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T​he Little Stranger 
The Little Stranger tells the story of Dr Faraday, the son of a housemaid, who has built a life of quiet respectability as a country doctor. During the long hot summer of 1947, he is called to a patient at Hundreds Hall, where his mother once worked. The Hall has been home to the Ayres family for more than two centuries. But it is now in decline and its inhabitants - mother, son and daughter - are haunted by something more ominous than a dying way of life. When he takes on his new patient, Faraday has no idea how closely, and how terrifyingly, the family's story is about to become entwined with his own.
Director: Lenny Abrahamson
Writers: Lucinda Coxon, Sarah Waters (novel)
Stars: Ruth Wilson, Domhnall Gleeson, Will Poulter 

Christopher Robin
Working-class family man Christopher Robin encounters his childhood friend Winnie-the-Pooh, who helps him to rediscover the joys of life.
Director: Marc Forster
Writers: Tom McCarthy (additional writing), A.A. Milne (characters) | 2 more credits »
Stars: Ewan McGregor, Hayley Atwell, Mark Gatiss 
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Coming Soon

Mary, Queen of Scots (Nov. 2, 2018)
Mary Stuart's attempt to overthrow her cousin Elizabeth I, Queen of England, finds her condemned to years of imprisonment before facing execution.
Director: Josie Rourke
Writer: Beau Willimon (screenplay)
Stars: Margot Robbie, Saoirse Ronan, Gemma Chan 

Holmes and Watson (Nov. 9, 2018)
A humorous take on Arthur Conan Doyle's classic mysteries featuring Sherlock Holmes and Doctor Watson.
Director: Etan Cohen
Writers: Etan Cohen (screenplay), Arthur Conan Doyle (characters)
Stars: Will Ferrell, John C. Reilly, Ralph Fiennes

Robin Hood (Nov. 21)
A war-hardened Crusader and his Moorish commander mount an audacious revolt against the corrupt English crown in a thrilling action-adventure packed with gritty battlefield exploits, mind-blowing fight choreography, and a timeless romance.
Director: Otto Bathurst
Writers: Ben Chandler (screenplay), David James Kelly
Stars: Taron Egerton, Jamie Dornan, Eve Hewson 

The Favourite (Nov. 23, 2018)
In early 18th century England, a frail Queen Anne (Colman) occupies the throne and her close friend Lady Sarah (Weisz) governs the country in her stead. When a new servant Abigail (Stone) arrives, her charm endears her to Sarah.
Director: Yorgos Lanthimos
Writers: Deborah Davis (original screenplay)
Stars: Emma Stone, Rachel Weisz, Joe Alwyn 

Bohemian Rhapsody (Dec. 2018)
A chronicle of the years leading up to Queen's legendary appearance at the Live Aid (1985) concert in 1985.
Directors: Dexter Fletcher | Bryan Singer
Stars: Aidan Gillen, Rami Malek, Joseph Mazzello, Mike Myers

Mary Poppins Returns (Dec. 2018)
In Depression-era London, a now-grown Jane and Michael Banks, along with Michael's three children, are visited by the enigmatic Mary Poppins following a personal loss. Through her unique magical skills, and with the aid of her friend Jack, she helps the family rediscover the joy and wonder missing in their lives.
Director: Rob Marshall
Stars: Emily Blunt, Meryl Streep, Ben Whishaw, Colin Firth




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In development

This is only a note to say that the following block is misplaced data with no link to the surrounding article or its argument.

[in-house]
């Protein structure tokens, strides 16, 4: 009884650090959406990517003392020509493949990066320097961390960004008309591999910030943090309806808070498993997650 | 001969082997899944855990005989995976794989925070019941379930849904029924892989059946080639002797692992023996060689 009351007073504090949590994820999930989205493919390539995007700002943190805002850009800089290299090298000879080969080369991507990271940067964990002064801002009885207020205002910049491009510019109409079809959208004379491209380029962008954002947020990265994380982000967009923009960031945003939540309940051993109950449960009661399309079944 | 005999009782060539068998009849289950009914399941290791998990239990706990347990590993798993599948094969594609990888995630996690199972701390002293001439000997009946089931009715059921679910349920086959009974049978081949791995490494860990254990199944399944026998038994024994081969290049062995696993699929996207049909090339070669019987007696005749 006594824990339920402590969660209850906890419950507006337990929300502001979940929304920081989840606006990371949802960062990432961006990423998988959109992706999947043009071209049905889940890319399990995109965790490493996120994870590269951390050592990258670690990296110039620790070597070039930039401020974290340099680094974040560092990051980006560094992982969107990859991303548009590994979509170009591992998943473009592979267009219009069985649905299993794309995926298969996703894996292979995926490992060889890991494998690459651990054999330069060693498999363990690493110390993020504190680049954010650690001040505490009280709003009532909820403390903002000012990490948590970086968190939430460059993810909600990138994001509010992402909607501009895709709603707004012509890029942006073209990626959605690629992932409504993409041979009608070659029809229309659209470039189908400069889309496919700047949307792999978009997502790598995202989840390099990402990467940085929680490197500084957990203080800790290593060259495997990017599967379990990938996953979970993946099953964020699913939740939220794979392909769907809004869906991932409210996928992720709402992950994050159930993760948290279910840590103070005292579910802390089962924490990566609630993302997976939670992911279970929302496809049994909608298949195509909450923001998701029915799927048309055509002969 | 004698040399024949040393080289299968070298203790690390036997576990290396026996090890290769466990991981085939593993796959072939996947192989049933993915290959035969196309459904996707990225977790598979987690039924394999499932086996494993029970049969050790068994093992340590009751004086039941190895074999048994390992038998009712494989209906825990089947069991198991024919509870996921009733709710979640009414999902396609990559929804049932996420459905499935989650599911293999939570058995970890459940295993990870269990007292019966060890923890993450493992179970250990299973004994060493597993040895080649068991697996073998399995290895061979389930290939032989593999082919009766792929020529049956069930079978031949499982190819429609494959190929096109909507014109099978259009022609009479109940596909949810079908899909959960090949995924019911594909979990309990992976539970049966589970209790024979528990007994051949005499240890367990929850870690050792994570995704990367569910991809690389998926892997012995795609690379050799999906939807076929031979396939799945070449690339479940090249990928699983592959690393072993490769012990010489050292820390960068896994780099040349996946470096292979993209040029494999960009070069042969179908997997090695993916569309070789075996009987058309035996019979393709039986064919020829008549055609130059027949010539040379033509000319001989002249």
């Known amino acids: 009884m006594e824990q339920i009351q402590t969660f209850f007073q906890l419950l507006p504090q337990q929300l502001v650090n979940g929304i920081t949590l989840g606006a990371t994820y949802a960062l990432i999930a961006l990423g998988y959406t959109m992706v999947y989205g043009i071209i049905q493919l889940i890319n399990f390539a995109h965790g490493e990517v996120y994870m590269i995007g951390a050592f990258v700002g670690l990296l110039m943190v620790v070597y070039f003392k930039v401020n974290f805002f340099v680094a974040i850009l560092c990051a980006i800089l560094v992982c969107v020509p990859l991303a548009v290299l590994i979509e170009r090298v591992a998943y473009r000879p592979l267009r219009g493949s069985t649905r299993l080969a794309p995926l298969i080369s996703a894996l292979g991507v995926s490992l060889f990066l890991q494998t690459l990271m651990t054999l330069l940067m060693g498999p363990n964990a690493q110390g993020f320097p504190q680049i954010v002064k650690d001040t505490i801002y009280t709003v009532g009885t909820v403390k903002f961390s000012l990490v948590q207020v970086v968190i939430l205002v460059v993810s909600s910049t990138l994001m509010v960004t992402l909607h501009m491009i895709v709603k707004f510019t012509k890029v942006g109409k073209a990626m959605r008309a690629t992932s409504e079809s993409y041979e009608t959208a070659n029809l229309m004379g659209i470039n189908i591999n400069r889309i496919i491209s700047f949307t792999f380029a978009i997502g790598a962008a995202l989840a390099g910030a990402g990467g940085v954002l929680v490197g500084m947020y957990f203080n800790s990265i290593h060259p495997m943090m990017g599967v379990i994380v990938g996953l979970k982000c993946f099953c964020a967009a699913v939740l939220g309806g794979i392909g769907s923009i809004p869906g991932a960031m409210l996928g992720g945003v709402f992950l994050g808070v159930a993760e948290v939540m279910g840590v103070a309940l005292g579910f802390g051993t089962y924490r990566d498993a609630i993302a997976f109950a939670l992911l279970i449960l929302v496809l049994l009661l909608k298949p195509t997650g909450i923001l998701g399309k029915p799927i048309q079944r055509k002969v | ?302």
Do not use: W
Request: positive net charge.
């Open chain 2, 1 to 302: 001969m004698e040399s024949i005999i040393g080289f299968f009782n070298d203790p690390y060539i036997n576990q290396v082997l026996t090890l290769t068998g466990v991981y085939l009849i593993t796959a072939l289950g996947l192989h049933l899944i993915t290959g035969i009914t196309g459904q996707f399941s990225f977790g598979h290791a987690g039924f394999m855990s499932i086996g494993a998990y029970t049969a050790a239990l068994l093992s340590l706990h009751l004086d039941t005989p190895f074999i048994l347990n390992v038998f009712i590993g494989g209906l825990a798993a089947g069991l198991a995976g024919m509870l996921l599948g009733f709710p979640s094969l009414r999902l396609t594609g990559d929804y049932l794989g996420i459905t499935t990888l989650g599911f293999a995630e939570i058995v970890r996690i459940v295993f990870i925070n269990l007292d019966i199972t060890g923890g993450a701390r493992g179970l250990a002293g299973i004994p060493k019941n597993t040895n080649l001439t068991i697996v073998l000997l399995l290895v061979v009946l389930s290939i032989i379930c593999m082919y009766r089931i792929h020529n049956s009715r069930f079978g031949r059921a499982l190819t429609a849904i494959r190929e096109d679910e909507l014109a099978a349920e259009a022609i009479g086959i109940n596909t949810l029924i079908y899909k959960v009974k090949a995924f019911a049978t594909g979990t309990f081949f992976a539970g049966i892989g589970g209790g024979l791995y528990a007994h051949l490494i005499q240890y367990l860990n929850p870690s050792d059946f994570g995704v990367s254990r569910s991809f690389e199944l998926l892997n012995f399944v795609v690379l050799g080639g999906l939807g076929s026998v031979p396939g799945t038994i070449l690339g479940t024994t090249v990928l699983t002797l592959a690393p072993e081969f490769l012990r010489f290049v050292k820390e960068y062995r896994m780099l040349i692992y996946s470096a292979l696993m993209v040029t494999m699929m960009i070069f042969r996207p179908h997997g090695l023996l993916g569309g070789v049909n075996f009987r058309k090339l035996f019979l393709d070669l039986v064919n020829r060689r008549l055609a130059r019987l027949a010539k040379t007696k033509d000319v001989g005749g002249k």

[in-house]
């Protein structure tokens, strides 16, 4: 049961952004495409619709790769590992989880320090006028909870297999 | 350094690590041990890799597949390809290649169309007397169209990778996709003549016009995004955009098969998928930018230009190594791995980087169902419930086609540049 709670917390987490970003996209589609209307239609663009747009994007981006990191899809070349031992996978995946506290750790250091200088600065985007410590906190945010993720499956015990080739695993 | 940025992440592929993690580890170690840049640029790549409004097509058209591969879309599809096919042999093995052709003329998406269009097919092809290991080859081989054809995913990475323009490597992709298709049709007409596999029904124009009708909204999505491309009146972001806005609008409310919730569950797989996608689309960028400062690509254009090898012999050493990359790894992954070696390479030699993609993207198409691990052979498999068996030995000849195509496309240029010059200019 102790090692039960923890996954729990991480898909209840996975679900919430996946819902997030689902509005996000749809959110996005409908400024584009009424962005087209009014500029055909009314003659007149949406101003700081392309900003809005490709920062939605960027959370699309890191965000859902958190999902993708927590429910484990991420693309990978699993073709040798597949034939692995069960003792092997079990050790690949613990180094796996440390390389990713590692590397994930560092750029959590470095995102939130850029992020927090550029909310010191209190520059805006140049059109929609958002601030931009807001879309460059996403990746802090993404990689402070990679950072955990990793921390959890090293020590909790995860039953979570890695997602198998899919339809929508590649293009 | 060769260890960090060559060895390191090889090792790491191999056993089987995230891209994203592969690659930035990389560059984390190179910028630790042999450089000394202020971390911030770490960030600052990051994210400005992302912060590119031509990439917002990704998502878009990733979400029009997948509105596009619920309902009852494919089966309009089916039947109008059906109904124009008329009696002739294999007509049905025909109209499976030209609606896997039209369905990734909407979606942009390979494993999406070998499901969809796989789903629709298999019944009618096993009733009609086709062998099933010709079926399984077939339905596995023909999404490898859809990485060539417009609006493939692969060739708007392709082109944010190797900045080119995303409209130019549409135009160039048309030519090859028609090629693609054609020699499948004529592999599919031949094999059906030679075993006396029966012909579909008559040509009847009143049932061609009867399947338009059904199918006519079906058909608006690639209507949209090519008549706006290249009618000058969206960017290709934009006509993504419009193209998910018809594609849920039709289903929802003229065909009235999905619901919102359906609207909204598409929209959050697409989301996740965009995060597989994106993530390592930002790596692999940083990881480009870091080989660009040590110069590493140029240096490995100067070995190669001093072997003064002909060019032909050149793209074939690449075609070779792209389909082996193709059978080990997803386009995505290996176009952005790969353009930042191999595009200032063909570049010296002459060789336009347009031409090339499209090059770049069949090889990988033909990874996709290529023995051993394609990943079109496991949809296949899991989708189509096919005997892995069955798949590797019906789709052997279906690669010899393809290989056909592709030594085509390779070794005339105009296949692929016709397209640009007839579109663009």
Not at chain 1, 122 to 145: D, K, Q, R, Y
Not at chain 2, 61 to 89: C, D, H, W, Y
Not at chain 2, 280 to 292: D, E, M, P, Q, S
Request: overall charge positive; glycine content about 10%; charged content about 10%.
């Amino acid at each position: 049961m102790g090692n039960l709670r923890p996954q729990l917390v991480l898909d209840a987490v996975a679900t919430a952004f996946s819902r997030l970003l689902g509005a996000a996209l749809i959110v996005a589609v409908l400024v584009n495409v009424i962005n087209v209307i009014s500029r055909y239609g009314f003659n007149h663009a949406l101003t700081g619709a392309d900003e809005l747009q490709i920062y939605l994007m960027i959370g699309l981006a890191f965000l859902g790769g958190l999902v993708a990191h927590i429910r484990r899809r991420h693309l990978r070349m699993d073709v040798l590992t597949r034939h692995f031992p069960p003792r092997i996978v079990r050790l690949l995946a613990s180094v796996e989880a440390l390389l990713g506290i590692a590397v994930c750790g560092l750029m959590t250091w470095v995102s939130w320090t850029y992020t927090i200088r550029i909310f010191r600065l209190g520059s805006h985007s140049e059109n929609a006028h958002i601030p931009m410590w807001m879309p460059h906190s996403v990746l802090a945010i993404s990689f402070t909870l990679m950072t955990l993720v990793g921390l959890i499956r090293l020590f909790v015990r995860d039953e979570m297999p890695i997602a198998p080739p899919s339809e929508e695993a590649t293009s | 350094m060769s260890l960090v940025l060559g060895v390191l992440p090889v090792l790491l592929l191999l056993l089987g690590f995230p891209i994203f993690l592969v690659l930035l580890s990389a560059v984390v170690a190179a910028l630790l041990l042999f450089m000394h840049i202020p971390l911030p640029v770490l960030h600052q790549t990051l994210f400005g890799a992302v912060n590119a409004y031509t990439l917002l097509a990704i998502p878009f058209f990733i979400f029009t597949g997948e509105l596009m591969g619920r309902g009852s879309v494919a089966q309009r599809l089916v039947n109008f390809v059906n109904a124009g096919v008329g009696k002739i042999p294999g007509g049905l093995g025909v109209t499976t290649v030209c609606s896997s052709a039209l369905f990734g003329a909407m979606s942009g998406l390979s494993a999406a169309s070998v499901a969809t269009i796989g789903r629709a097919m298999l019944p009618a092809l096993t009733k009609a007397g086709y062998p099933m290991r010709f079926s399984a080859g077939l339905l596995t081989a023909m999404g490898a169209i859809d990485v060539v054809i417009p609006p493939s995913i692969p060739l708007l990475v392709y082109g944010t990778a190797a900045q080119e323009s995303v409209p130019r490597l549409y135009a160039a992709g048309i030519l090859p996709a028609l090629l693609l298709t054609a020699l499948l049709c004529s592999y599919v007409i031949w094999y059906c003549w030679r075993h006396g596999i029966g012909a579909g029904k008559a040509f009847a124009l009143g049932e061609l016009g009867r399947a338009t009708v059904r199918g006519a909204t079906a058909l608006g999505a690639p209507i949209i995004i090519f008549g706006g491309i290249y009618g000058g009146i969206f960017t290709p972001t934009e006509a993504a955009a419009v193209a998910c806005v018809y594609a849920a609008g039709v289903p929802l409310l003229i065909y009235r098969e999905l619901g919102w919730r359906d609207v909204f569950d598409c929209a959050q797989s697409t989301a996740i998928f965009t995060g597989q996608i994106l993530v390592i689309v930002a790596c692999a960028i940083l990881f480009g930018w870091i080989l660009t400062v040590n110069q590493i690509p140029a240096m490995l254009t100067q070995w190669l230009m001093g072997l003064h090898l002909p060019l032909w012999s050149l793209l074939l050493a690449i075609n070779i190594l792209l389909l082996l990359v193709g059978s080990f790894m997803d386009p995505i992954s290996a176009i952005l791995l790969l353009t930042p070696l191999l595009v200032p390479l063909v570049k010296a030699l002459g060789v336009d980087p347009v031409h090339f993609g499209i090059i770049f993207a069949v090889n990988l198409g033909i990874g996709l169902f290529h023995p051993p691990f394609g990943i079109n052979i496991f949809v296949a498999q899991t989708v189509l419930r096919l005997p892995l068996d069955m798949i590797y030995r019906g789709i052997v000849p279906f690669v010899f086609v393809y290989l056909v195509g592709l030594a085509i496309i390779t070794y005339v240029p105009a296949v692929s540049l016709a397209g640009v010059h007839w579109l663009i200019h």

The Dig
Cate Blanchett is in talks to play the grieving widow who oversaw one of Britain's greatest archaeological finds in the Susanne Bier period drama The Dig, reports Screen.

Blanchett looks set to play amateur archaeologist Edith Pretty, a driving force behind the 1938-9 excavation of Sutton Hoo burial grounds near Woodbridge, Suffolk. The grounds were unearthed on the Sutton Hoo House estate which Pretty owned along with her husband Frank, who had died four years earlier, after she hired archaeologist Basil Brown to begin an excavation.

Brown made some promising early finds in 1938. But it was when he returned in the summer of 1939 for a further dig that the real treasure was discovered. A 27-metre seventh-century Saxon ship, most likely the last resting-place of King Rædwald of East Anglia, was among the new finds. Pretty donated the entire discovery to the British Museum, and the House and burial site are now in the care of the National Trust.




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Current
​(Programmes from 8-11pm on BBC 1-4, C4-C5 & ITV)

A Very British Romance with Lucy Worsley - BBC 4 
The historian delves into the history of romance to uncover the forces shaping the happy ever after, revealing how people's most intimate thoughts and feelings have been affected by social, political and cultural ideas. Lucy begins in the Georgian age, when - after centuries of marriage being as much about business as love - women began to have an unprecedented degree of romantic freedom.

The Silent War - BBC 4
British, American and Soviet submarine crews recall their experiences of the Cold War, when their vessels engaged in perilous games of cat-and-mouse as each side battled to gain the tactical and technological advantage. The programme explores close encounters between the opposing navies that put lives at risk and servicemen talk about the pressures of lengthy underwater patrols that drove them to the edge of their physical and mental limits. Haydn Gwynne narrates.

Princess Margaret: The Rebel Royal - BBC 2 
Documentary profiling the Queen's sister, whose life and loves reflected the social and sexual revolution that transformed Britain during the 20th century. With archive footage and interviews, the series follows Margaret's life as she redefined the image of the modern princess.

King Arthur's Britain: The Truth Unearthed - BBC 2